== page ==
Internet standards group the Internet Engineering Task Force (IETF) has published the final version of Transport Layer Security (TLS) version 1.3 or TLS 1.3, which eventually will be the main protocol for securing web communications on HTTPS sites and apps.
The IETF published the latest version of TLS 1.3 protocol, now called RFC 8446, on Friday. Engineers at CloudFlare — an early supporter of TLS 1.3 — hailed it “the first major overhaul of the protocol” in years, which brings speed, performance and security improvements over its predecessor, the decade old TLS 1.2.
IETF engineers in March finally approved the 28th version of TLS 1.3 proposals that were developed over the four years. Now the protocol is now officially complete, that should clear the way for its deployment on websites and browsers.
CloudFlare implemented one of those early versions of TLS 1.3 on its servers in 2016, but by the end of 2017 found most traffic still relying on TLS 1.2. None of the major browsers, such as Chrome and Firefox, had enabled TLS 1.3 by default, resulting in little traffic protected by the updated protocol.
Since then however web giants like Facebook have enabled TLS 1.3. Google enabled it in Chrome 65 — the latest version of Chrome is version 68 — but at the time had only rolled out support on Gmail.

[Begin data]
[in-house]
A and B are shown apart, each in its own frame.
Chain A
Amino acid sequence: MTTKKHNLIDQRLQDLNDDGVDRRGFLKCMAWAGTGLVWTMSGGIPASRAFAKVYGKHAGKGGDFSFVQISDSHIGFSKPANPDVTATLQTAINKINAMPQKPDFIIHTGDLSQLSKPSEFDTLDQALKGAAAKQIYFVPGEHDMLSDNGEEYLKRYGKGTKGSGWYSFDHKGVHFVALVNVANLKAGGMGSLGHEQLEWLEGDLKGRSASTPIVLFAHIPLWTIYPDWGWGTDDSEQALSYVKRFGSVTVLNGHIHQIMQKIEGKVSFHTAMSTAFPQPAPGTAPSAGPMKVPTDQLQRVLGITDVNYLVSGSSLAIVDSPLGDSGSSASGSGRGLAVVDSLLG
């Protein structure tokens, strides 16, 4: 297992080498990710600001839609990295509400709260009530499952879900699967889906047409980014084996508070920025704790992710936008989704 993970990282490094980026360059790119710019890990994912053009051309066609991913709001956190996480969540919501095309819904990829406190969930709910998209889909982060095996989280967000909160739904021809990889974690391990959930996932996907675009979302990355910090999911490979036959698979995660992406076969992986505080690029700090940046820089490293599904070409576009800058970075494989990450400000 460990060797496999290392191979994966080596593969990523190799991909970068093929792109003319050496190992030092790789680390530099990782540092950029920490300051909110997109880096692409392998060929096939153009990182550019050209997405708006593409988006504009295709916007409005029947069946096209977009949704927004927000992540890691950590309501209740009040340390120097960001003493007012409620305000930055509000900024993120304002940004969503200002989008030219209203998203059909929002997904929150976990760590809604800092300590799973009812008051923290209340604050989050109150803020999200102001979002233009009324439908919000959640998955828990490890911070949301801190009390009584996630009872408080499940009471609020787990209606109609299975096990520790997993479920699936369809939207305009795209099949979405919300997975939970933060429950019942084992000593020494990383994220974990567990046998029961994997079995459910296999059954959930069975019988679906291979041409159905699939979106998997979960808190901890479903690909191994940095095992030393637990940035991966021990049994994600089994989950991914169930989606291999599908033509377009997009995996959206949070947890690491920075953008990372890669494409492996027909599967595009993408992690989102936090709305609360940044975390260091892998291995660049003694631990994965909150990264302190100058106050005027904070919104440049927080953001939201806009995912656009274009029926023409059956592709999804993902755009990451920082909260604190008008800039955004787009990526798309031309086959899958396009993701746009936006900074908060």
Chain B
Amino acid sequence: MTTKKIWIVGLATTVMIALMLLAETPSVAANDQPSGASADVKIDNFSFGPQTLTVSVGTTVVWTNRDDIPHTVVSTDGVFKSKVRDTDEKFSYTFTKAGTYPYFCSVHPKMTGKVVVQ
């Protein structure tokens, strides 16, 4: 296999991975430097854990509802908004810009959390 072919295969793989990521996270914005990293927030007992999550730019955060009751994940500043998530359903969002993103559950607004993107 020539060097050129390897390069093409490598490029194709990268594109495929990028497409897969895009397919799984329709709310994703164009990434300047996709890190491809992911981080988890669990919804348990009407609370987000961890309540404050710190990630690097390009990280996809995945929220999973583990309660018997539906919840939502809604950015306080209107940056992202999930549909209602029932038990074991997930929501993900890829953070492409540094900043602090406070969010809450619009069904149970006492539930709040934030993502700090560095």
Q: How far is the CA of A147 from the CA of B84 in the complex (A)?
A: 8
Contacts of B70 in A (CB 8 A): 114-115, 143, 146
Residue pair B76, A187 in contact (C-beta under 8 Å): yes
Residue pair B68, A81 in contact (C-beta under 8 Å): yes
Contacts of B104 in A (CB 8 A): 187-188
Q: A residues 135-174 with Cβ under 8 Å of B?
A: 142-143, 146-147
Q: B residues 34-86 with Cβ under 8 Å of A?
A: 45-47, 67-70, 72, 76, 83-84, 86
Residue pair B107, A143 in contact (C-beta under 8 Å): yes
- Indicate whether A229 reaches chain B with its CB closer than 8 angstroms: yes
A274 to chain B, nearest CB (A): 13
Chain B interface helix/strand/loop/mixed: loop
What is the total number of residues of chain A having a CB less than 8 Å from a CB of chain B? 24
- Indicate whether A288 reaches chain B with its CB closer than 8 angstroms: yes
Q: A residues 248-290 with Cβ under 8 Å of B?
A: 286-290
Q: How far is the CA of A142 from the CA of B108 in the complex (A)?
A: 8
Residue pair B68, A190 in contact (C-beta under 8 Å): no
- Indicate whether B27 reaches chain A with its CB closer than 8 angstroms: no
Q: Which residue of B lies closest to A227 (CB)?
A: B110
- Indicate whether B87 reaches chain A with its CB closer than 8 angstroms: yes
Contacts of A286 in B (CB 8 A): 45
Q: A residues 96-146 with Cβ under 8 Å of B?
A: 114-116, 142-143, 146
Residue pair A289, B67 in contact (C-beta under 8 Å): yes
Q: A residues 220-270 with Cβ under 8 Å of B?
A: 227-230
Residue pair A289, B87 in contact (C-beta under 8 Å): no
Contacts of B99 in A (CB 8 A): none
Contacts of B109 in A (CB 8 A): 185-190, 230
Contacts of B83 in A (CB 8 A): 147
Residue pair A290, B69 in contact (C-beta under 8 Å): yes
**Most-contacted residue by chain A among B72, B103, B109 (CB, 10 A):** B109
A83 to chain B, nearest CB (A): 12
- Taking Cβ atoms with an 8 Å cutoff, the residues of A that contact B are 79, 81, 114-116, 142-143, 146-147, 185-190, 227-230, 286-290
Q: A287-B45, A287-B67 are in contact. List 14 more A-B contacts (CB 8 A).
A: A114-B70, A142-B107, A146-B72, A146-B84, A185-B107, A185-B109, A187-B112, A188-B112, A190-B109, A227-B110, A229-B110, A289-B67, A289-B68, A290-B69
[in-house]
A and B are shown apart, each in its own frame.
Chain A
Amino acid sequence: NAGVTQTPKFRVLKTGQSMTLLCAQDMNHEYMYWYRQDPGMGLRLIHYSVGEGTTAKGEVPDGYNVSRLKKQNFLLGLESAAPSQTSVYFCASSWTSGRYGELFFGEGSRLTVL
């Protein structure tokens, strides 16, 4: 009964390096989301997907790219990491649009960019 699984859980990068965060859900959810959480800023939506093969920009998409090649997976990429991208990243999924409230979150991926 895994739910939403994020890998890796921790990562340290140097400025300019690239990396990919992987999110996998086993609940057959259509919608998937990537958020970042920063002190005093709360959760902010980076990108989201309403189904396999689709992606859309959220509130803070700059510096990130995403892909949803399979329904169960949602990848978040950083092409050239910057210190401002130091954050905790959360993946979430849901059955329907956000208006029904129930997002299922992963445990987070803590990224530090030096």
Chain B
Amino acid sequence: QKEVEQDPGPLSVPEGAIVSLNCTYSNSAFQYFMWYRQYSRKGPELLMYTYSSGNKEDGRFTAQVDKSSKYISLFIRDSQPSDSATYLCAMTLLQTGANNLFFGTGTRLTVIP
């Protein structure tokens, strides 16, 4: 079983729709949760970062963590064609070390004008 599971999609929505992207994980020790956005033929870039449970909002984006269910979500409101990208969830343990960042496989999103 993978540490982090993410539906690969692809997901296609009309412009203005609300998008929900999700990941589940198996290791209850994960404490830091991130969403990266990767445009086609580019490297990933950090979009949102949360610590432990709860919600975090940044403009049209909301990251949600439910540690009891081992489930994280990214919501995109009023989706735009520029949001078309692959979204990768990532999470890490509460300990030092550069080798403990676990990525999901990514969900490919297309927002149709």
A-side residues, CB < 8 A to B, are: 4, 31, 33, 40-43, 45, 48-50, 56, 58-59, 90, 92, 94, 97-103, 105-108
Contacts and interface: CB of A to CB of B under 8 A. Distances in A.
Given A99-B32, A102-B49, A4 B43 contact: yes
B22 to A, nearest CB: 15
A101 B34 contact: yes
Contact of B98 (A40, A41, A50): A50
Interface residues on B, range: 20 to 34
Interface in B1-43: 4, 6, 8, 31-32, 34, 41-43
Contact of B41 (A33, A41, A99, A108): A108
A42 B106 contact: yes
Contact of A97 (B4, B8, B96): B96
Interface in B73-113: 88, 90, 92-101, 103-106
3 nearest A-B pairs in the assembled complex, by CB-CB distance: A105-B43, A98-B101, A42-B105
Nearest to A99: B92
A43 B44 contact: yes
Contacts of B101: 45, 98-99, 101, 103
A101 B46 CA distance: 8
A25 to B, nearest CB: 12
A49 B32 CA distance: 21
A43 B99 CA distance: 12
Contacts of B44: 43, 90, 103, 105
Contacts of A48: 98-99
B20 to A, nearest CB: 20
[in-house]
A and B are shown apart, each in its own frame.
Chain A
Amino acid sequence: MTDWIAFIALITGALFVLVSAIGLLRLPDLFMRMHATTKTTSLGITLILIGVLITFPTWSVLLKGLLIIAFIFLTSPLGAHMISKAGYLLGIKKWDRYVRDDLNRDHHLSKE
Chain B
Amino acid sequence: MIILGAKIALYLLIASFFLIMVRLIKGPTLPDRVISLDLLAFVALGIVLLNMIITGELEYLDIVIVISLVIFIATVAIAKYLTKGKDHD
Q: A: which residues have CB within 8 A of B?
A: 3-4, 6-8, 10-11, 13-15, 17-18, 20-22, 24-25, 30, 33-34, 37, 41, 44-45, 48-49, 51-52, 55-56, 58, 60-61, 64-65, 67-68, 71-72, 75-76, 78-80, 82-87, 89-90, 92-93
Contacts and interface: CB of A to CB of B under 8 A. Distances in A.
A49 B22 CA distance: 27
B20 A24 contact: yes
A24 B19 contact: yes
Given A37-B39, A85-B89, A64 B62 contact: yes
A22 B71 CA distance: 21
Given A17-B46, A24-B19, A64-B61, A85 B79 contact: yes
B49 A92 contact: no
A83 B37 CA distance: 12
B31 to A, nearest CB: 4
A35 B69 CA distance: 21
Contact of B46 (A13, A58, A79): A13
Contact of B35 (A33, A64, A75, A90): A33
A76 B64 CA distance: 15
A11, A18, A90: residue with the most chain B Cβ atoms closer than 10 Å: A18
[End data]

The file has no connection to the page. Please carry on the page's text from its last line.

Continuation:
Firefox-maker Mozilla also announced that TLS 1.3 draft 28 is already shipping in Firefox 61, noting that one of its biggest improvements on the security front is that it cuts out outdated cryptography in TLS 1.2 that made attacks like FREAK, POODLE, Logjam and others possible. It will ship the final version off TLS 1.3 in Firefox 63, due out in October.
“Although the previous version, TLS 1.2, can be deployed securely, several high profile vulnerabilities have exploited optional parts of the protocol and outdated algorithms,” IETF engineers said in a statement. “TLS 1.3 removes many of these problematic options and only includes support for algorithms with no known vulnerabilities.”
Similar to Clouuflare, Mozilla’s data shows that around five percent of of Firefox connections are TLS 1.3, however Facebook has reported that more than half of its internet traffic is secured with TLS 1.3 and also open-sourced its TLS library, Fizz, which contains TLS 1.3.
The IETF TLS working group expects that now the core protocol is complete, adoption of TLS 1.3 should be “fast-paced and widespread”.
“Most modern web browsers and many applications you probably use already support TLS 1.3. For those not currently supporting the protocol, we expect future updates to bring in support. Similarly, if you manage a website or other online service, the servers and infrastructure you use are likely to start using TLS 1.3 though it is worth double checking with your providers,” IETF’s TLS working group chairs wrote.
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